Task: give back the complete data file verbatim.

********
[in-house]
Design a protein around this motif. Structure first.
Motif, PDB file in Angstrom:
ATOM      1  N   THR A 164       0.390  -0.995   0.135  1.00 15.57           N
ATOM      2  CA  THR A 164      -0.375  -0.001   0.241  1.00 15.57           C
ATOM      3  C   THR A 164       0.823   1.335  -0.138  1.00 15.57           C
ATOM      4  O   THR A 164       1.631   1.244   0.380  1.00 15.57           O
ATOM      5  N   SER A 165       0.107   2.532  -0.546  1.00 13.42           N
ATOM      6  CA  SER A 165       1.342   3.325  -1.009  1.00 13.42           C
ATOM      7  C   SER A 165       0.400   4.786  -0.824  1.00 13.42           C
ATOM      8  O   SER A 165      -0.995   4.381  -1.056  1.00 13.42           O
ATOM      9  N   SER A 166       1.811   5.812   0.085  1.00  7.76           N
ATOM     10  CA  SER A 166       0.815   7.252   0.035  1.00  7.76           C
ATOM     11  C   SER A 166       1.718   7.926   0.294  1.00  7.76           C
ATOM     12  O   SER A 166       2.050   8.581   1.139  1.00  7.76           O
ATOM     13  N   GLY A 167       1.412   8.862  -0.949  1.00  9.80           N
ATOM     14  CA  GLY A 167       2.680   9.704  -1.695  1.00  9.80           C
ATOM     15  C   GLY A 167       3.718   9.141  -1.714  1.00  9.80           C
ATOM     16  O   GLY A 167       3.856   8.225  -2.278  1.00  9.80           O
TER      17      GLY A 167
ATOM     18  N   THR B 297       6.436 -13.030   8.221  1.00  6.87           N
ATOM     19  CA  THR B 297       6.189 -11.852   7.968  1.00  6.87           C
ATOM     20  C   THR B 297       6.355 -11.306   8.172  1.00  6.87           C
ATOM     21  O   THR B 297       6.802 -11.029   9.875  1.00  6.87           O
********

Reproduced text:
[in-house]
Design a protein around this motif. Structure first.
Motif, PDB file in Angstrom:
ATOM      1  N   THR A 164       0.390  -0.995   0.135  1.00 15.57           N
ATOM      2  CA  THR A 164      -0.375  -0.001   0.241  1.00 15.57           C
ATOM      3  C   THR A 164       0.823   1.335  -0.138  1.00 15.57           C
ATOM      4  O   THR A 164       1.631   1.244   0.380  1.00 15.57           O
ATOM      5  N   SER A 165       0.107   2.532  -0.546  1.00 13.42           N
ATOM      6  CA  SER A 165       1.342   3.325  -1.009  1.00 13.42           C
ATOM      7  C   SER A 165       0.400   4.786  -0.824  1.00 13.42           C
ATOM      8  O   SER A 165      -0.995   4.381  -1.056  1.00 13.42           O
ATOM      9  N   SER A 166       1.811   5.812   0.085  1.00  7.76           N
ATOM     10  CA  SER A 166       0.815   7.252   0.035  1.00  7.76           C
ATOM     11  C   SER A 166       1.718   7.926   0.294  1.00  7.76           C
ATOM     12  O   SER A 166       2.050   8.581   1.139  1.00  7.76           O
ATOM     13  N   GLY A 167       1.412   8.862  -0.949  1.00  9.80           N
ATOM     14  CA  GLY A 167       2.680   9.704  -1.695  1.00  9.80           C
ATOM     15  C   GLY A 167       3.718   9.141  -1.714  1.00  9.80           C
ATOM     16  O   GLY A 167       3.856   8.225  -2.278  1.00  9.80           O
TER      17      GLY A 167
ATOM     18  N   THR B 297       6.436 -13.030   8.221  1.00  6.87           N
ATOM     19  CA  THR B 297       6.189 -11.852   7.968  1.00  6.87           C
ATOM     20  C   THR B 297       6.355 -11.306   8.172  1.00  6.87           C
ATOM     21  O   THR B 297       6.802 -11.029   9.875  1.00  6.87           O